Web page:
Well-Gotten Gains, by Robert Gore

Time for a change.

Albert Jay Nock wrote one of the best essays ever written, “Isaiah’s Job,” which first appeared in The Atlantic Monthly in 1936. The Wikipedia biography of Nock is linked here, a Mises Institute reprint of the essay here. If you take the time to read the essay, I can almost guarantee that somewhere in the future, you will take the time to reread it. The essay is about the prophet Isaiah, and here in three paragraphs is its central premise.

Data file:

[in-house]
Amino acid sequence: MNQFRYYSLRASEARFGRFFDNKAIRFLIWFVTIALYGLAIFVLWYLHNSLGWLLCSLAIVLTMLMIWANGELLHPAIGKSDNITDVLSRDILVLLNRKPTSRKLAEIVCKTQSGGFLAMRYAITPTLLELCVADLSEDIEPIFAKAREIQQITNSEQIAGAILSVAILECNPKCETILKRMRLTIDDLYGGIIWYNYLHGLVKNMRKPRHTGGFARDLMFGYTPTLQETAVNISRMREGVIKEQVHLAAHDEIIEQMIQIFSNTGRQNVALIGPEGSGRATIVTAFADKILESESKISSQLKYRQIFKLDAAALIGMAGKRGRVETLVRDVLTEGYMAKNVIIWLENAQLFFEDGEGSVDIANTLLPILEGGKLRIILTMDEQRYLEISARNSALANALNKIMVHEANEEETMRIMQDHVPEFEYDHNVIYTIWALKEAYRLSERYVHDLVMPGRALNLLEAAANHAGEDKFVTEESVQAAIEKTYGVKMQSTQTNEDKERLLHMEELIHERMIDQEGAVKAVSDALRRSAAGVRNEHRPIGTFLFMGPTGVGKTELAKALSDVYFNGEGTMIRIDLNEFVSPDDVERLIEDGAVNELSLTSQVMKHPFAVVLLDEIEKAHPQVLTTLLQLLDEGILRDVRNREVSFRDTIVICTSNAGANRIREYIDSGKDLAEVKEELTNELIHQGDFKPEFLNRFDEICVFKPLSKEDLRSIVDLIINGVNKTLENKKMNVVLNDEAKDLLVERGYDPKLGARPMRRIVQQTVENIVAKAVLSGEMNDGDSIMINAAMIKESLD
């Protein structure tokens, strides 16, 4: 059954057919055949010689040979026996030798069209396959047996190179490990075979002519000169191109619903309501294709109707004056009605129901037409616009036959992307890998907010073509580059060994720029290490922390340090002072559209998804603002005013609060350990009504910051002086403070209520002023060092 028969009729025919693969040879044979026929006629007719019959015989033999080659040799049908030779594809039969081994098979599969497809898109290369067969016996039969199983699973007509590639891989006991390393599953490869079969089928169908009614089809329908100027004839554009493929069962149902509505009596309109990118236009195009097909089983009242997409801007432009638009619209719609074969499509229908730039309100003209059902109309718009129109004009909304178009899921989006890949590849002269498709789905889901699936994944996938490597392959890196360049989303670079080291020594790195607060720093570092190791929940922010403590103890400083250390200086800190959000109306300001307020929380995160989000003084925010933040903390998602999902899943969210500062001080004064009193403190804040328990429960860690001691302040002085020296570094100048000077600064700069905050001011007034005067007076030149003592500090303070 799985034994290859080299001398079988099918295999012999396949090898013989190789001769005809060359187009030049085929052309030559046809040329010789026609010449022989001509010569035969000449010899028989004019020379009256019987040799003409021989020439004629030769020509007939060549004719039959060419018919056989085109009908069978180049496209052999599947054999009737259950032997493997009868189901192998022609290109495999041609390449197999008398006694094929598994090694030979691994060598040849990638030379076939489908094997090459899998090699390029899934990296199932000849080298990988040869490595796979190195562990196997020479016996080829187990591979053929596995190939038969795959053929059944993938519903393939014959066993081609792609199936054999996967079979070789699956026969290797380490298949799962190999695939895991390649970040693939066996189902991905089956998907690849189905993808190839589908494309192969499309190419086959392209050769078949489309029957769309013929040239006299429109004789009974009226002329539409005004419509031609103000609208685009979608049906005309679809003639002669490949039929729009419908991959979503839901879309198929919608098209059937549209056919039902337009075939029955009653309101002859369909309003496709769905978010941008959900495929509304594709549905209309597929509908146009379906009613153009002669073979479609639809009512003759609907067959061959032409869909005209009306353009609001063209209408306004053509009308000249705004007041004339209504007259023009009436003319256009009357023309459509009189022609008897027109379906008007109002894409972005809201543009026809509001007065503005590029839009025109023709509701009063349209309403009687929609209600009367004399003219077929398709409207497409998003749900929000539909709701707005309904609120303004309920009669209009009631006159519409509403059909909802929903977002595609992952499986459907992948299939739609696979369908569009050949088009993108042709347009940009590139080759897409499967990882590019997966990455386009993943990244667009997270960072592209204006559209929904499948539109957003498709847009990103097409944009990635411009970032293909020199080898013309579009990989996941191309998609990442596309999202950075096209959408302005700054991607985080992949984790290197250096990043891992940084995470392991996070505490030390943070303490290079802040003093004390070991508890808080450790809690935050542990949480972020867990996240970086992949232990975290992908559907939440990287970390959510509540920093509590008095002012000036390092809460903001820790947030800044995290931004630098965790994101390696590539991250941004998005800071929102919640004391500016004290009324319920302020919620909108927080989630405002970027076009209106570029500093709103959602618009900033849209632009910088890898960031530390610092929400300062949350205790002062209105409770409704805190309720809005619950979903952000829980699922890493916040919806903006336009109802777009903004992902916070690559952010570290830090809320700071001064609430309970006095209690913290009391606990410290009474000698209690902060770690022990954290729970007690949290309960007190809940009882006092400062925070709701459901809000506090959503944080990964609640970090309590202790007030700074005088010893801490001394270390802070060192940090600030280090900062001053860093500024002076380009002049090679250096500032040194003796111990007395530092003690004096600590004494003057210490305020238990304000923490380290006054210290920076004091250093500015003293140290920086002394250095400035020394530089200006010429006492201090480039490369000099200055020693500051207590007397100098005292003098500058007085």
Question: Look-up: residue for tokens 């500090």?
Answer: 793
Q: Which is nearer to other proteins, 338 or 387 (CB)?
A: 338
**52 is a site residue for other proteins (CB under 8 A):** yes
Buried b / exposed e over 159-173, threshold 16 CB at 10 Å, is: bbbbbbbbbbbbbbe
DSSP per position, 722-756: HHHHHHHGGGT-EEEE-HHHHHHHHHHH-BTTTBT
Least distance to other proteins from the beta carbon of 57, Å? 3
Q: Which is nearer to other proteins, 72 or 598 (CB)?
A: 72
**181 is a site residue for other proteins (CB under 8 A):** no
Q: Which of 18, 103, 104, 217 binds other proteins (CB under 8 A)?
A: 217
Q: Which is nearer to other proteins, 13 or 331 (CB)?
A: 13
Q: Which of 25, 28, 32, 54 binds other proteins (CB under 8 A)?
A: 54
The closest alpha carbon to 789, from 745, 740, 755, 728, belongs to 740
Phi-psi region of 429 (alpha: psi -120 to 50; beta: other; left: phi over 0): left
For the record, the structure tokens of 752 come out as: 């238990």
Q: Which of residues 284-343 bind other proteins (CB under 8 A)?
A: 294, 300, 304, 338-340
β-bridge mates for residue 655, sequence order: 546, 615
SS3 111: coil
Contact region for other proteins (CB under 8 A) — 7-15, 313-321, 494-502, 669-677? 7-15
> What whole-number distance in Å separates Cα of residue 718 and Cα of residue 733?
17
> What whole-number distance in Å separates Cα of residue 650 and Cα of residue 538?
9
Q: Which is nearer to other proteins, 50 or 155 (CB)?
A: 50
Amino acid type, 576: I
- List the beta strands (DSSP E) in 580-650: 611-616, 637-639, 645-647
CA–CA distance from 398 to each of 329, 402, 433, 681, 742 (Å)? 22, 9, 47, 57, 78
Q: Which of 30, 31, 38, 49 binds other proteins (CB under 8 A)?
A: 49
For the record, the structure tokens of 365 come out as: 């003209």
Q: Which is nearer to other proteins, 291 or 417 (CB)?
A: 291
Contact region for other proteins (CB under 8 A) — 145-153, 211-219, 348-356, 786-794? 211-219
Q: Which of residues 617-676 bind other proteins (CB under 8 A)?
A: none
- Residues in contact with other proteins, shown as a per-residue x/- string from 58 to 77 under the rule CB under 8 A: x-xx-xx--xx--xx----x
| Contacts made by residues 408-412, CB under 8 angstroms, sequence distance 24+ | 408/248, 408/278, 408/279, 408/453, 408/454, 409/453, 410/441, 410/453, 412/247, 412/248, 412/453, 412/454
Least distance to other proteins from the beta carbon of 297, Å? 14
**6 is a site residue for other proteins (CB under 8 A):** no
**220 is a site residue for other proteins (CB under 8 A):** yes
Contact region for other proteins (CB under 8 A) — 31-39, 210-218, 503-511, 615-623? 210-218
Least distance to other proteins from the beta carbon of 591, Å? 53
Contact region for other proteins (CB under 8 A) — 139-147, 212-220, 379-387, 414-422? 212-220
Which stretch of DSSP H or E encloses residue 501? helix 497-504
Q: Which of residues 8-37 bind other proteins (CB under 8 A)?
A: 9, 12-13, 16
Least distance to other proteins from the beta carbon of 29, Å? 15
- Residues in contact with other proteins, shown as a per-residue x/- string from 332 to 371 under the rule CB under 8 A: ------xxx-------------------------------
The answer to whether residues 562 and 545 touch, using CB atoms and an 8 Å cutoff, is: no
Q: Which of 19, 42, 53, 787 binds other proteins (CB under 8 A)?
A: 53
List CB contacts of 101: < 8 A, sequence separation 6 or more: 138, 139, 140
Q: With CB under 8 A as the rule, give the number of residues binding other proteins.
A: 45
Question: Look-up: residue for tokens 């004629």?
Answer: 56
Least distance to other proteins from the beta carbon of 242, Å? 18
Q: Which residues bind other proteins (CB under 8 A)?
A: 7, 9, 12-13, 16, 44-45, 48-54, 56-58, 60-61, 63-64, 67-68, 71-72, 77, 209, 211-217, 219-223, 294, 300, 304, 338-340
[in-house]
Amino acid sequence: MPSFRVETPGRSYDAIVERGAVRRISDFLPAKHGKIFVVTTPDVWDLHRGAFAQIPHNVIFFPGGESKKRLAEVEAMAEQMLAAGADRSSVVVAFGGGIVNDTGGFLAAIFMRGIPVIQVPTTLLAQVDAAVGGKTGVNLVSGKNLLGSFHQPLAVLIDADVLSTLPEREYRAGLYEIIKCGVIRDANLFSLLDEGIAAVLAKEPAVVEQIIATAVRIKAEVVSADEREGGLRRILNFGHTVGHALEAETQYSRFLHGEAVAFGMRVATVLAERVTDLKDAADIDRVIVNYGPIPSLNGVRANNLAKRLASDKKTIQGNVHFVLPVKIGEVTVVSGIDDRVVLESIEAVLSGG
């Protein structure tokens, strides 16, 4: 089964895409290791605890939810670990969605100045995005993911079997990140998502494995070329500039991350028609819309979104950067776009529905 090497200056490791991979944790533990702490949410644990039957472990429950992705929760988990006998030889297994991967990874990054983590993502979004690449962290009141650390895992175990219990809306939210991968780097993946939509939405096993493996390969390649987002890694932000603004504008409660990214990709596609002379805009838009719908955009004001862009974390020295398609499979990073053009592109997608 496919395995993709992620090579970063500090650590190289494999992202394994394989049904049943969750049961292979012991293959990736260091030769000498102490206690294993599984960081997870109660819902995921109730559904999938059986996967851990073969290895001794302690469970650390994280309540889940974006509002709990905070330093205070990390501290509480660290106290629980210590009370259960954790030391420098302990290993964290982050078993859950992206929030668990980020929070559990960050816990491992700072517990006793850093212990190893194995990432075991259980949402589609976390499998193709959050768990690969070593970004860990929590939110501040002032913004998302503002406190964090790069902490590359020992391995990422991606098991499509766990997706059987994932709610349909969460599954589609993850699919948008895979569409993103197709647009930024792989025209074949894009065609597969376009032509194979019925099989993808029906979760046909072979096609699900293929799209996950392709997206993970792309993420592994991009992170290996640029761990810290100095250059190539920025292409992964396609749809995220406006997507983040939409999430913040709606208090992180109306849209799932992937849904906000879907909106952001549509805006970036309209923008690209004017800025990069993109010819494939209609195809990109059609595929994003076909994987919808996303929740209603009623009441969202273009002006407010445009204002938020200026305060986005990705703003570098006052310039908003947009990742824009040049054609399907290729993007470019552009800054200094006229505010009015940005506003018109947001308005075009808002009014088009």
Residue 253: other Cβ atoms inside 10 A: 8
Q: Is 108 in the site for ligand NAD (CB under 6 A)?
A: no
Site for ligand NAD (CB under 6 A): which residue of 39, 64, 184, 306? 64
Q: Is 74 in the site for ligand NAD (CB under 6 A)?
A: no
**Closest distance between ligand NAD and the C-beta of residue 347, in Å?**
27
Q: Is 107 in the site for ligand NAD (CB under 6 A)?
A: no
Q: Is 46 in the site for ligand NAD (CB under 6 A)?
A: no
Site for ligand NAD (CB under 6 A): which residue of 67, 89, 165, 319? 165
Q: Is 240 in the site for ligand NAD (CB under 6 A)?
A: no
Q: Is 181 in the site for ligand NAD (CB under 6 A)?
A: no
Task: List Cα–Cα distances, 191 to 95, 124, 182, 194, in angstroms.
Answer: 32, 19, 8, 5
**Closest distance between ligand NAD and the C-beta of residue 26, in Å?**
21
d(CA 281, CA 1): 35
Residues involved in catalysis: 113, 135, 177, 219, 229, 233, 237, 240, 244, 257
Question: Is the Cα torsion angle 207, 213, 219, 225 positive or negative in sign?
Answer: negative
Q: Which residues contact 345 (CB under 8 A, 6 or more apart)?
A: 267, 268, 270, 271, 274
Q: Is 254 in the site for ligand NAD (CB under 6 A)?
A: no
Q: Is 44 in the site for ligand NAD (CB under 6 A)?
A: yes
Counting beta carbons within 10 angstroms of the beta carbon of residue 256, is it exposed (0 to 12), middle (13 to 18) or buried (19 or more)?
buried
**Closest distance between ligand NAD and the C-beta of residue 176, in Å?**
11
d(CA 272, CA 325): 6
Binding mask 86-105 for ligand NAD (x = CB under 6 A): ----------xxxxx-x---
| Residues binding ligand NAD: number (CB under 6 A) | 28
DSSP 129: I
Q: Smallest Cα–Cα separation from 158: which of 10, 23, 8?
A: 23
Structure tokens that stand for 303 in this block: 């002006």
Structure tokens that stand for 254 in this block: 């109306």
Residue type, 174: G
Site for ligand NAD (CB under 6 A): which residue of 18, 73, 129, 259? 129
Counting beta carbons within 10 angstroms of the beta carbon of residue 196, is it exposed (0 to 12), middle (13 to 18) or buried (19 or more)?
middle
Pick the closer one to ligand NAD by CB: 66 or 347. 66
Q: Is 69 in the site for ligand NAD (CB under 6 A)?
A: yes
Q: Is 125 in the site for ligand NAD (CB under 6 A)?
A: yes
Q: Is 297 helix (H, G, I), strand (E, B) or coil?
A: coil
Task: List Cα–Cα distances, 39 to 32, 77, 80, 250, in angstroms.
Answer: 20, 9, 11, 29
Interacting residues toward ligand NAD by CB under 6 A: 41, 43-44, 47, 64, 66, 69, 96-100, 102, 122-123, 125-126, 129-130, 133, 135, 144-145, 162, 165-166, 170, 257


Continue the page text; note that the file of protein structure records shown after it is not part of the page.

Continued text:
The prophet’s career began at the end of King Uzziah’s reign, say about 740 B.C. This reign was uncommonly long, almost half a century, and apparently prosperous. It was one of those prosperous reigns, however — like the reign of Marcus Aurelius at Rome, or the administration of Eubulus at Athens, or of Mr. Coolidge at Washington — where at the end the prosperity suddenly peters out and things go by the board with a resounding crash.

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